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A Brown Girl Memorial Day Tribute

Monday, May 31, 2010
There are untold numbers of Brown Girls that fought and died for Americans and got no accolades. Below are merely a few.  Let's honor them today - on this Memorial Day - (and always) without forgetting all of the men and women in the United States military.

Cathay Williams was the only known female "buffalo soldier" or black soldier in the US military after the Civil War. She served in the Thirty-Eighth United States Infantry, Company A, as William Cathay, from November 1866 to October 1868.  [Source:]   Read: Cathy Williams: From Slave to Buffalo Soldier. 
Both Mexican Americans and Mexican nationals who grew up in the United States served in the military during World War II. Out of 16.2 million Americans in the armed services during World War II, between 250,000 and 750,000 were of Mexican ancestry. This is Josephine Ledesma teaching a soldier how to repair the of an airplane at Randolph Air Field, San Antonio, in January 1942.  [Source:]

In World War II, many Latinas contributed to military efforts by joining the Women’s Auxiliary Army Corps (later shortened to the Women’s Army Corps, WAC), an official organization of the army that filled non-combatant jobs. Carmen Contreras-Bozak, born in Cayey, Puerto Rico, was a member of the first WAC company to go... overseas. She earned the European-African-Middle Eastern Campaign Medal with two Battle Stars, the World War II Victory Medal, an American Campaign Medal, the Good Conduct Medal and the WAC Service Medal.  [Source:]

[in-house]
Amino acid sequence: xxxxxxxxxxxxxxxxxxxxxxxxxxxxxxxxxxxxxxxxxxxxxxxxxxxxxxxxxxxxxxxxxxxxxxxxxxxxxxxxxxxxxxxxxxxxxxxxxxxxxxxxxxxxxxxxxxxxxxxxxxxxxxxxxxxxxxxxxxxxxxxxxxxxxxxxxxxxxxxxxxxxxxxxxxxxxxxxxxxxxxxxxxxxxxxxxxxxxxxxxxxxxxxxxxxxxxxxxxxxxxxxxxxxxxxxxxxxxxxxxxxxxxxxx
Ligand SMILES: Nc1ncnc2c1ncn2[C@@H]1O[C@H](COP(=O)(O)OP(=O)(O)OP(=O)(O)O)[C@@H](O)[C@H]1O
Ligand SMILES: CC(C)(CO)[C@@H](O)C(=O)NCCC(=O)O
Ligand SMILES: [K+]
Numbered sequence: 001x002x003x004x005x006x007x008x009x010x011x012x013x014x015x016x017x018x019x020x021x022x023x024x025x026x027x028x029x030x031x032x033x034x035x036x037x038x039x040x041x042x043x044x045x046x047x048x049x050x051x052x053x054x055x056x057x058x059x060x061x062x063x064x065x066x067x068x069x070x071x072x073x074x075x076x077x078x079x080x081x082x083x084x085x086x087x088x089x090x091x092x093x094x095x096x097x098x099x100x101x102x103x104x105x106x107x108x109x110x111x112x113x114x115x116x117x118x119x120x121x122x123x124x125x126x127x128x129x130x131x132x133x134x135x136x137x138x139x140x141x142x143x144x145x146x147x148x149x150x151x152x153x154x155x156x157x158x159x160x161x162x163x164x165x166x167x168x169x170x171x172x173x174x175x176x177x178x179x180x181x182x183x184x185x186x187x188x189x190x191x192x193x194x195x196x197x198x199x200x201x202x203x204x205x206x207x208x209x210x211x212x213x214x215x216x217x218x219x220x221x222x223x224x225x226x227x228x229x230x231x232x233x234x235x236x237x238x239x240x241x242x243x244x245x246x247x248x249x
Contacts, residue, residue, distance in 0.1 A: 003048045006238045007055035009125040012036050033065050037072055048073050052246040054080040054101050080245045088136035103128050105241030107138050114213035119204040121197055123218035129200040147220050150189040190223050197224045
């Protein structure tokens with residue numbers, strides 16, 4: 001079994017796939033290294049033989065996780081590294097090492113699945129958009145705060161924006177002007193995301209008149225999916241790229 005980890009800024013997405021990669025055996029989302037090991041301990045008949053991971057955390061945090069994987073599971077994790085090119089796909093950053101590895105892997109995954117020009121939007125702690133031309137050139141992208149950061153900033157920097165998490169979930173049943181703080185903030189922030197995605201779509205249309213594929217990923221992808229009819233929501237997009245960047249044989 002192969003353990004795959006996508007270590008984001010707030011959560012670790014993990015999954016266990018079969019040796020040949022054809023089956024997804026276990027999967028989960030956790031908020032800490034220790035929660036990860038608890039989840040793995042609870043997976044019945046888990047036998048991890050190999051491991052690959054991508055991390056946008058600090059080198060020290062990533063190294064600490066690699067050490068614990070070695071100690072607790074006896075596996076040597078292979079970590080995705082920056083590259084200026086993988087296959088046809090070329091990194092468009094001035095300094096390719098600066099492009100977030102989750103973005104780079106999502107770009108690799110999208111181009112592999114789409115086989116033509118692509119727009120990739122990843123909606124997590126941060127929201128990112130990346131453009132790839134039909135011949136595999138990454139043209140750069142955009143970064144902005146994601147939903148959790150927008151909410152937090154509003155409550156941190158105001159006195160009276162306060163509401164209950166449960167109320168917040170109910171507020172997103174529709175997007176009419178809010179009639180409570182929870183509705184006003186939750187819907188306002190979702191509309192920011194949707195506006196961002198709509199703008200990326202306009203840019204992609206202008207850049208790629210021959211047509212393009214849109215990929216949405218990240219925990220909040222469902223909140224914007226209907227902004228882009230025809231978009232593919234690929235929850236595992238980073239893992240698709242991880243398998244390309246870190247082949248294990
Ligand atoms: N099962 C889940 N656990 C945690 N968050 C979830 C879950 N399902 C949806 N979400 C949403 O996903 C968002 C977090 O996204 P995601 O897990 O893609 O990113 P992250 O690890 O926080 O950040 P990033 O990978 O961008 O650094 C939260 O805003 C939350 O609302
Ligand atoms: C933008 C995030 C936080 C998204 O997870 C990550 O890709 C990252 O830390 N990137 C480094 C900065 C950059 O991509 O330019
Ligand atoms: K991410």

Members of the 6888th Central Postal Directory Battalion take part in a parade ceremony in honor of Joan d'Arc at the marketplace where she was burned at the stake. May 27, 1945.  [Source:]

In the book Women In the Military, Revised Edition: An Unfinished Revolution, author Jeanne Holm has this to say about Loreta Velasques:  One of the most colorful and enterprising characters...was Loreta Velasques.  Beautiful, well educated and affluent, she had been born in Cuba, where her father was a diplomat.  When her husband, who was an army officer, left for the war, Loreta, over his objections, bought a Confederate uniform, glued on a moustache and chin beard, recruited a troop of soldiers, and set herself up as their commander under the name Lt. Harry T. Buford.  Before she was discovered, she had fought in a number of battles, including the First Battle of Bull Run, and had served a brief stint as a self-styled spy.


Talking with Tami on: May 31, 2010 at 11:00 AM said...

Wow what a pretty hero

Unknown on: June 1, 2010 at 9:38 AM said...

Thanks, Buffalo Soldier 9! Did you remember to put Cathay Williams in your story about the Buffalo Soldiers. I certainly hope so. ;-)


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